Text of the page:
Thursday, October 01, 2009

Personal beliefs or evidence-based practice?

When I come into contact with practising teachers and teaching assistants on the Sounds-Write literacy training courses, I am constantly coming up against people who think that their personal opinion, based on nothing but their practice and beliefs, has the same validity as research in the field of teaching reading and spelling.
According to Caroline Cox*, there are four principal grounds on which teachers justify their practices. They are: 'tradition (how it has always been done); prejudice (how I like it done); dogma (this is the 'right' way to do it and ideology (as required by the current orthodoxy).'
Unless and until the teacher training institutions educate student teachers in the importance of evidence-based practice, many teachers will continue to base many of our educational practices on mere whimsy.
*Quoted by David Hargreaves in his well known 1996 TTA lecture 'Teaching as a research-based profession: possibilities and prospects'.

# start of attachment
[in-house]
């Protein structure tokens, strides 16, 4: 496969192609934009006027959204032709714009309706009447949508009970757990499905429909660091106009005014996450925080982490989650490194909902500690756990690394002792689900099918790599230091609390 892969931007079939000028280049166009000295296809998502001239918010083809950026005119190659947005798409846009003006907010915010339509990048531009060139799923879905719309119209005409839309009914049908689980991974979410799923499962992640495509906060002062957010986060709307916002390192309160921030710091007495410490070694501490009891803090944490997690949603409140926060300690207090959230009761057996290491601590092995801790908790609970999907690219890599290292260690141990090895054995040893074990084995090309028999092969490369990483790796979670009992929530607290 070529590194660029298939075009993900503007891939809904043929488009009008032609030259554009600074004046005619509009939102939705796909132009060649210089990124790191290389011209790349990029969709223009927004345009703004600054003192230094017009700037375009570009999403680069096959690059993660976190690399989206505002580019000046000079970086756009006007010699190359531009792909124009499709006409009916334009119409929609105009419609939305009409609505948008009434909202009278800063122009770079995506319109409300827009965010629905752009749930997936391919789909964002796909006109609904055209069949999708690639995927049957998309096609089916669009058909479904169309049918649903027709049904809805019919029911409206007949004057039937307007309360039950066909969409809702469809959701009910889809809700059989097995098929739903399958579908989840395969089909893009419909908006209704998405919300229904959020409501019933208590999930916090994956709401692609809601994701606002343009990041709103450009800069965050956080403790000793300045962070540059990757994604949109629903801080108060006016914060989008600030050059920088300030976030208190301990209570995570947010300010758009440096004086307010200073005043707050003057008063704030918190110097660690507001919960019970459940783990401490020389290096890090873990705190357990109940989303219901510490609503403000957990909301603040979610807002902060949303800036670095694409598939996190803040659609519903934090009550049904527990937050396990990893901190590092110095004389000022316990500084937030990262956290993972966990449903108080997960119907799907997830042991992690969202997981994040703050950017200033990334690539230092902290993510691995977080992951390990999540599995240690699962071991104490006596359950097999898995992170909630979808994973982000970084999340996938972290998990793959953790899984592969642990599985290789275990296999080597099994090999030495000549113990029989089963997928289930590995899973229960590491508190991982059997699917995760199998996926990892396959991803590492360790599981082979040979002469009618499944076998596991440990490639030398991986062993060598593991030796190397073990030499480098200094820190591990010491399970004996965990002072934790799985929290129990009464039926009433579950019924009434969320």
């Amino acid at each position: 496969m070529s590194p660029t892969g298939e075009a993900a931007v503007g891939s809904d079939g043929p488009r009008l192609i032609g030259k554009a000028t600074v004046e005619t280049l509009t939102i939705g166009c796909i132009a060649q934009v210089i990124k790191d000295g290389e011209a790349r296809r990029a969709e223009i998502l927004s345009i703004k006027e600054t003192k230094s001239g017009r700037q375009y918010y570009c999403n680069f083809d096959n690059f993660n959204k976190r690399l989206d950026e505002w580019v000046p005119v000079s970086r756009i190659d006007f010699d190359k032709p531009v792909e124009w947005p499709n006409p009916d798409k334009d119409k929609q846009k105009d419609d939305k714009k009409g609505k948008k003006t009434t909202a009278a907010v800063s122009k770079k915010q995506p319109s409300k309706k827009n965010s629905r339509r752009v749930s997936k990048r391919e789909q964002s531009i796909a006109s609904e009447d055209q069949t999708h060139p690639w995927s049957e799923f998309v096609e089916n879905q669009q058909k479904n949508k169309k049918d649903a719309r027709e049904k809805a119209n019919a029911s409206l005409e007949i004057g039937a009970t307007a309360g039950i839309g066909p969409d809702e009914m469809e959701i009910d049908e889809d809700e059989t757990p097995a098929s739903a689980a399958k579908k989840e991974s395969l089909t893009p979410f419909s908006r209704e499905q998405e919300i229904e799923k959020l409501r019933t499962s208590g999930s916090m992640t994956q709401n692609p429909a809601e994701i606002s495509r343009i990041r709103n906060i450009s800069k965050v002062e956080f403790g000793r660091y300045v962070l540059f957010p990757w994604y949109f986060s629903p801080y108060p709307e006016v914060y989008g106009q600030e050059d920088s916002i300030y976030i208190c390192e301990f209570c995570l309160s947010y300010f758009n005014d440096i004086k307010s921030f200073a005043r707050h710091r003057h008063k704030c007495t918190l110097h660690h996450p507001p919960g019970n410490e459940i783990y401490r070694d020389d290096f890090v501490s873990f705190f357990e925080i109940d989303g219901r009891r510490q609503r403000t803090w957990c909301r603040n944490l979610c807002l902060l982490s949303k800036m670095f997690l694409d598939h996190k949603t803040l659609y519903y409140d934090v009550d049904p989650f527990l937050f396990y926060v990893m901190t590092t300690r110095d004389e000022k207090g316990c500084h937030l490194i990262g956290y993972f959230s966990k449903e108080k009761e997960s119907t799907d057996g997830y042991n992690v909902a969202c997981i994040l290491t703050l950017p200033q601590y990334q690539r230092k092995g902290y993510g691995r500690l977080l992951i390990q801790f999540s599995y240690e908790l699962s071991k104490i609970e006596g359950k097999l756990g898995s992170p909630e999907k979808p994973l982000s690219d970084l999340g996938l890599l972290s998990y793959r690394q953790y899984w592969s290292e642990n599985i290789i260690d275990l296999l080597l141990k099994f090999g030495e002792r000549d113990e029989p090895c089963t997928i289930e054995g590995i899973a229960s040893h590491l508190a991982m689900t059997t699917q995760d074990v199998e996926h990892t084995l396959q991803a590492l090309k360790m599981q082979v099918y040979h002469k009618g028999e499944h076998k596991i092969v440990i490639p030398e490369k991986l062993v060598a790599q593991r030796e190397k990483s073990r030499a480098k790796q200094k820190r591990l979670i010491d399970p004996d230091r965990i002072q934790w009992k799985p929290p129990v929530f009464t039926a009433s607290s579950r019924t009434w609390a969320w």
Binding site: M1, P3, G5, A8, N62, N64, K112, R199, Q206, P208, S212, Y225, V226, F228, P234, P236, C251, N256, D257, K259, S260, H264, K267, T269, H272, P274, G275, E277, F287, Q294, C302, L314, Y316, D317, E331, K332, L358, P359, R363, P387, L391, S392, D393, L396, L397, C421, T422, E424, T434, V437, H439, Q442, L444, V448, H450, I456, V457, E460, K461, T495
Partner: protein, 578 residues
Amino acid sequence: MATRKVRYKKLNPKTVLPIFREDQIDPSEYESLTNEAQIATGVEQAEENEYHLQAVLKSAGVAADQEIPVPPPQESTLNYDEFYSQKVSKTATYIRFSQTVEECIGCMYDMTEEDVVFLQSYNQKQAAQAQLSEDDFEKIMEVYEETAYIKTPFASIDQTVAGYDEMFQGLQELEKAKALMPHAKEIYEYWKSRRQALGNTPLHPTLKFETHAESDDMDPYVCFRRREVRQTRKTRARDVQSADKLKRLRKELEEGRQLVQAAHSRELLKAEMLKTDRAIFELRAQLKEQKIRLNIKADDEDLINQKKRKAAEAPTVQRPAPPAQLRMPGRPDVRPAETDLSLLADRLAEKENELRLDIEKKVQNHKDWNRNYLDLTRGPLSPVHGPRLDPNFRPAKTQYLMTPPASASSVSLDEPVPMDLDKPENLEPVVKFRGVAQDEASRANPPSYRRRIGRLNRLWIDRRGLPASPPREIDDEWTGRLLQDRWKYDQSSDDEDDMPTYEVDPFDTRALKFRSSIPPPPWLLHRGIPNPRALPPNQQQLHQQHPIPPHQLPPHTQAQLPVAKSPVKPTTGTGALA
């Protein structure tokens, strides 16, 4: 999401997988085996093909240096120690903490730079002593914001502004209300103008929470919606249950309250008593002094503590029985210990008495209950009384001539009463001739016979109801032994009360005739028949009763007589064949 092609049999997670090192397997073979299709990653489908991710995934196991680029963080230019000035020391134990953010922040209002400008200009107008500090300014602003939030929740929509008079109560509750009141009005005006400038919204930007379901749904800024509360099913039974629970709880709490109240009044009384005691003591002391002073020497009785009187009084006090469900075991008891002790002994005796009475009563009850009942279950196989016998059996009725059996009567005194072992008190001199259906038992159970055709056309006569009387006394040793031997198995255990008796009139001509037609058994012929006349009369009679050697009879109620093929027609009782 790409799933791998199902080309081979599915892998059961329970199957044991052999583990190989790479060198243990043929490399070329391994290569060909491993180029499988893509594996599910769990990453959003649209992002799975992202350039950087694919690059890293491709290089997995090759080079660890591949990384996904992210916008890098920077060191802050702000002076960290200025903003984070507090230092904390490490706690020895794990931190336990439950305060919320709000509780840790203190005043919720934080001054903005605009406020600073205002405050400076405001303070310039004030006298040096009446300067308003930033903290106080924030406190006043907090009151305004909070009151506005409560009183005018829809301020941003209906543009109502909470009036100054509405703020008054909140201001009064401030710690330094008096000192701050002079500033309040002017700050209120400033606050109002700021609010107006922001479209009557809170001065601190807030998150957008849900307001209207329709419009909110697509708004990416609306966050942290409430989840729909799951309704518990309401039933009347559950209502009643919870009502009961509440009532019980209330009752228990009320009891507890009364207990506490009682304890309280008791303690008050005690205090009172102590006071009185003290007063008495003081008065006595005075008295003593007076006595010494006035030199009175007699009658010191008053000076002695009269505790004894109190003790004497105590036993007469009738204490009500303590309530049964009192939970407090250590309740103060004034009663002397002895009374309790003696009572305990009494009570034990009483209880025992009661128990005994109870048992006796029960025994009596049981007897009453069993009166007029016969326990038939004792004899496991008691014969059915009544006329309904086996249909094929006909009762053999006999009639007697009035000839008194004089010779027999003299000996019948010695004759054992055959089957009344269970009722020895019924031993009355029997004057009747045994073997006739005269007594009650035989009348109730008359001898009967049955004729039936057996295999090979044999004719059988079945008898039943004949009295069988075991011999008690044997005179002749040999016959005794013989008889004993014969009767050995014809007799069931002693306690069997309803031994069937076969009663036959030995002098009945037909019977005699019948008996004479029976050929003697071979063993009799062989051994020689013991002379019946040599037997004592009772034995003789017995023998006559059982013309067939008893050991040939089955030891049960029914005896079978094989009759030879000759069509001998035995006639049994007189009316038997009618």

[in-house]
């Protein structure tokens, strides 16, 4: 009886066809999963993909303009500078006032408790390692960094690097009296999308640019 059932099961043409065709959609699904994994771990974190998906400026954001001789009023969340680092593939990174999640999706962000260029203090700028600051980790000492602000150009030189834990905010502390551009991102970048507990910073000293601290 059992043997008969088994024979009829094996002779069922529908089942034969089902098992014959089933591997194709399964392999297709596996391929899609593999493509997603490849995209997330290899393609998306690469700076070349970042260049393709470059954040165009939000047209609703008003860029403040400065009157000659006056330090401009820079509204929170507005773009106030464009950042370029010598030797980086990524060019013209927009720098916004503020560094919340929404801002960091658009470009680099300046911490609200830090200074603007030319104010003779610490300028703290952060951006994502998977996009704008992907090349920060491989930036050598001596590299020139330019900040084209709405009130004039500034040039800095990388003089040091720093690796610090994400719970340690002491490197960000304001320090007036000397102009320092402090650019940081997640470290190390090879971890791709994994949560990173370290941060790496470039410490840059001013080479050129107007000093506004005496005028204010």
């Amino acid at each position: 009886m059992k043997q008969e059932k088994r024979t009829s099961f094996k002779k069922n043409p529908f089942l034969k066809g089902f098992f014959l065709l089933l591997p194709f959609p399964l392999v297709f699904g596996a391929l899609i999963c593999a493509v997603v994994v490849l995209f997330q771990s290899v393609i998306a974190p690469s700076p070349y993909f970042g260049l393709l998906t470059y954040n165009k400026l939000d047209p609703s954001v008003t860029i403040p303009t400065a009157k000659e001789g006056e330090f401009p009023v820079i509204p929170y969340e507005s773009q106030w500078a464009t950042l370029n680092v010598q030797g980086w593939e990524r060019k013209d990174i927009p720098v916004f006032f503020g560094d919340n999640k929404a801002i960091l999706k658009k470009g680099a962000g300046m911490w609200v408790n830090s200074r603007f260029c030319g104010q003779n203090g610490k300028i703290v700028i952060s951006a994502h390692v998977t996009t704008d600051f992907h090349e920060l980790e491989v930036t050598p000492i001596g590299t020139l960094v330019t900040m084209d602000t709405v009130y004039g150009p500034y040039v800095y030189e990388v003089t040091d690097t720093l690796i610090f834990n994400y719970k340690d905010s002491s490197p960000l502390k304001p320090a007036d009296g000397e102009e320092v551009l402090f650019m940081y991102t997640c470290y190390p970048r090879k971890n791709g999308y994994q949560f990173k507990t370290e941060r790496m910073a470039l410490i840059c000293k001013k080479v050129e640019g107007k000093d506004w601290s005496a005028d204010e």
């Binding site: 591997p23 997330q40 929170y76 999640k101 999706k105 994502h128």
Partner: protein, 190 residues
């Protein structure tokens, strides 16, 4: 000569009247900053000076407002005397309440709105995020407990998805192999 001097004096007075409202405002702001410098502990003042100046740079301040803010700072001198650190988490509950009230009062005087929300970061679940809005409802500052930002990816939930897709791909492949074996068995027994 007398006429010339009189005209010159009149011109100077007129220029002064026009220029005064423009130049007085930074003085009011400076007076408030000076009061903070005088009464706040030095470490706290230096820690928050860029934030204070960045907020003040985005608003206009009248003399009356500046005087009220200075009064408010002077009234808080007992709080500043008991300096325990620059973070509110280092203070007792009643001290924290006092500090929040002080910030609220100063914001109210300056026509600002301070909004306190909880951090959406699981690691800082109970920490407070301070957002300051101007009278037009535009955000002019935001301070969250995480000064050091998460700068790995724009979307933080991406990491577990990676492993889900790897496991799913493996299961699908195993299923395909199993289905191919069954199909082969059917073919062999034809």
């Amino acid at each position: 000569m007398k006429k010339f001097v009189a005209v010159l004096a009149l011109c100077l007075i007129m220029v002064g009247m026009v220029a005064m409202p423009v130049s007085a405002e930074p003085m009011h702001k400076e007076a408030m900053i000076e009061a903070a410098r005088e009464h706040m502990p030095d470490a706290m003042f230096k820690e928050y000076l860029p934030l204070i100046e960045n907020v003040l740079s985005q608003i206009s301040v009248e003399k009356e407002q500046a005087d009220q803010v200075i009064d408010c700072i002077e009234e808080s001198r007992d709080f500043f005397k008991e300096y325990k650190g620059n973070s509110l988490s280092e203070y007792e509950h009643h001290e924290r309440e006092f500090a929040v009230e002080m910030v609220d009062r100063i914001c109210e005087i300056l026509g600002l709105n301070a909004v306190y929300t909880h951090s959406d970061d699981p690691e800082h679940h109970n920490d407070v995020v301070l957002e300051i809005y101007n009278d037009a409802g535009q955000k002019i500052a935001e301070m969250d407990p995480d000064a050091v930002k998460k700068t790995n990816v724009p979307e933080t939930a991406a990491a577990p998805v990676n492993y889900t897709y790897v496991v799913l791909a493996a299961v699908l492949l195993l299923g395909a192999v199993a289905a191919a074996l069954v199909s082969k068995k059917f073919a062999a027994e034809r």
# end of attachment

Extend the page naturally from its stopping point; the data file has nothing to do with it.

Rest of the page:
1. The Hargreaves talk is available on the web:

  2. I'm just entering the field, and drawing the same conclusions.What can be done?

  3. Hi Séan,
    The answer is to make sure that if you want to know about something, you need to test it to see if it works.
    The government can't be bothered to do this; neither can the universities (It's not as 'sexy' as postmodernism, etc).
    The problem here is that no-one is doing the kind of completely transparent collecting of evidence that Sounds-Write is. We use the same properly normed and standardised test (The Young's Parallel Spelling Test) for all the children from schools teaching Sounds-Write from YR through KS1. And we publish our results every year. If you go to and then click on
    soundswrite_report_on_data_collection_2008.pdf, you can read last year's report to see why we do what we do and what our results show.
    We will soon be publishing on our website figures on the 1607 pupils on whom we have data and who have been taught using S-W throughout KS1.

  4. The link has gone -this one should work :-)

  5. Thanks for the update, Anon.
    Actually, you've prompted me to re-read Hargreaves's piece. It sits quite nicely alongside Ben Goldacre's recent paper on evidence-based practice